The Pixel 6a has already received Android 13, while the Samsung Galaxy A53 is slated to receive the update before the end of the year. We’ve also seen more brands offering beta software for those who can’t wait for a stable release. For example, Samsung has also been testing the One UI 5 beta on last year’s Galaxy A52, Realme is bringing Android 13 beta software to some mid-range phones before the end of the year, and Oppo is bringing its Color OS 13 beta to a variety of cheaper handsets before 2022 is out.
Eric Zeman / Android Authority
Another important factor making mid-rangers worth buying today is that pricing is still very competitive for what you’re getting. In fact, the US consumer price index recorded a 22% annual drop in the average value of smartphones. This was due to devices getting better rather than prices actually dropping. It’s still hard to argue against this logic, as these phones are indeed getting more powerful processors, more cameras, better camera sensors, more RAM/storage, and higher quality screens.
Do you think now is the best time to buy a mid-ranger?
Either way, the point is that while premium smartphone prices have pushed past the $1,000 mark and haven’t looked back, mid-rangers are offering increasingly bigger bang for your buck. And longer update commitments also mean these phones will get better and better over time, gaining new features and optimizations for the next three years or more.
Of course, there will still be plenty of people who don’t mind paying a premium for a full-blown flagship phone, be it for the cameras or bleeding-edge internals. But we’re closer than ever to getting 90% of the flagship experience for a fraction of the price.
A few mid-range phones worth buying
Ryan Haines / Android Authority
Now that we’ve looked at why modern mid-range smartphones are worth buying, what about recommended devices? We’ve got you covered with a few picks.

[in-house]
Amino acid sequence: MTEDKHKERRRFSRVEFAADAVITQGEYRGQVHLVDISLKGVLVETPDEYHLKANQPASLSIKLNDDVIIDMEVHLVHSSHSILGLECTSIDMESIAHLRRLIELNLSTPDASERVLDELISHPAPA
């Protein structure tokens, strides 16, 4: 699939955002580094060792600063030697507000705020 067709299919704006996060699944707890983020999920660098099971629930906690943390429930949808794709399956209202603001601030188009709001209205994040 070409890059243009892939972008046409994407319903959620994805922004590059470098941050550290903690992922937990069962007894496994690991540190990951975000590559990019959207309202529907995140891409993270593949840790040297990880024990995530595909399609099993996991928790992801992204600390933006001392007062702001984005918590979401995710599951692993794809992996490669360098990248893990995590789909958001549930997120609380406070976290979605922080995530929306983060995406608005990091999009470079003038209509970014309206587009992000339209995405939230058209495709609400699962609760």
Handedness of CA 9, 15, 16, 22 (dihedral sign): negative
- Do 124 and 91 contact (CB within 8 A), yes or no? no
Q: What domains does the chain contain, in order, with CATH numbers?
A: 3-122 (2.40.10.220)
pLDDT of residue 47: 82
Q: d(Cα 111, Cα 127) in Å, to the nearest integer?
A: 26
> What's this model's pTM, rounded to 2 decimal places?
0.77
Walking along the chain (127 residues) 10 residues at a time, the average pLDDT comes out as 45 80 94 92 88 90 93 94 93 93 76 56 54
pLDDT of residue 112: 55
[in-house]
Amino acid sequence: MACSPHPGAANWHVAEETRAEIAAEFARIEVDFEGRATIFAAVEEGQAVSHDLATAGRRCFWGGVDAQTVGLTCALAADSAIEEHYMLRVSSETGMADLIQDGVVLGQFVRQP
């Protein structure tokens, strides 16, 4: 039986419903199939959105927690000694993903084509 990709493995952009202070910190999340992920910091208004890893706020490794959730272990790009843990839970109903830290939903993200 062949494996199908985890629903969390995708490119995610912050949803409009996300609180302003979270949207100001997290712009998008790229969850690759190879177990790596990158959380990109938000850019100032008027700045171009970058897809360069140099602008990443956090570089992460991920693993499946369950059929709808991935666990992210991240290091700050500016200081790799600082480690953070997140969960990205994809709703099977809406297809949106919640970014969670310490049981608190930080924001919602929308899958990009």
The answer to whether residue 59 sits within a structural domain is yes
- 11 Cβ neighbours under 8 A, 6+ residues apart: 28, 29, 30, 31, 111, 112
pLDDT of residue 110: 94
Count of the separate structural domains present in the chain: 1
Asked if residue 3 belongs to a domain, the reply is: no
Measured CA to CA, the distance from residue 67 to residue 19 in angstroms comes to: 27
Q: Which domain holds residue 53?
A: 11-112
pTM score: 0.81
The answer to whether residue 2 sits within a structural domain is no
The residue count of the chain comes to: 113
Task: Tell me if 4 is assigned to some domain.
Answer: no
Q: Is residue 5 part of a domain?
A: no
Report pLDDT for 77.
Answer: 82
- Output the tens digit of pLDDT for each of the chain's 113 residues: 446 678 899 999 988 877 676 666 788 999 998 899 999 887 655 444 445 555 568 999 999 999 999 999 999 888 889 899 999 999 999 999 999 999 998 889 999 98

- Samsung Galaxy A53 ($450): Like the idea of a Galaxy flagship but don’t want to spend a ton of cash? That’s where the Galaxy A53 comes in, launching at $450 but frequently available below this price tag. Expect a capable if unspectacular Exynos 1280 SoC, 5,000mAh battery, 120Hz OLED screen, and IP67 water/dust resistance. The phone also packs an impressive update pledge, in line with Samsung’s flagships.
- Moto G Stylus 5G 2022 ($399): Motorola has plenty of decent mid-range phones in stable, and the Moto G Stylus 5G is one of the best choices if you’re in the US. Notable features include a large battery (5,000mAh), a quad rear camera system, an included stylus, and 128GB of expandable storage. It does have some downsides though, such as the ho-hum processor, slow charging, and lack of an OLED panel.
- Nothing Phone 1 ($499): The debut phone from Nothing just about makes the cut in terms of pricing, but it’s actually a good first effort. Nothing’s Phone 1 brings a powerful Snapdragon 778G Plus SoC, a solid 50MP+50MP dual camera system, and a 120Hz OLED screen. But the handset stands out from almost every other device thanks to the unique “Glyph” back.
- Google Pixel 6a ($450): There are plenty of reasons to pick up the Pixel 6a, especially seeing that it frequently retails for under its $450 launch price. Expect the Tensor processor, offline voice typing, great camera quality, water resistance, and a lengthy update pledge. In saying so, you miss out on the flagship line’s high refresh rate screen, faster charging, wireless charging, and 50MP main camera.
It’s worth noting that there are plenty more decent mid-tier devices out there, depending on your region. You can check out our rundown of the best cheap phones for a more comprehensive look.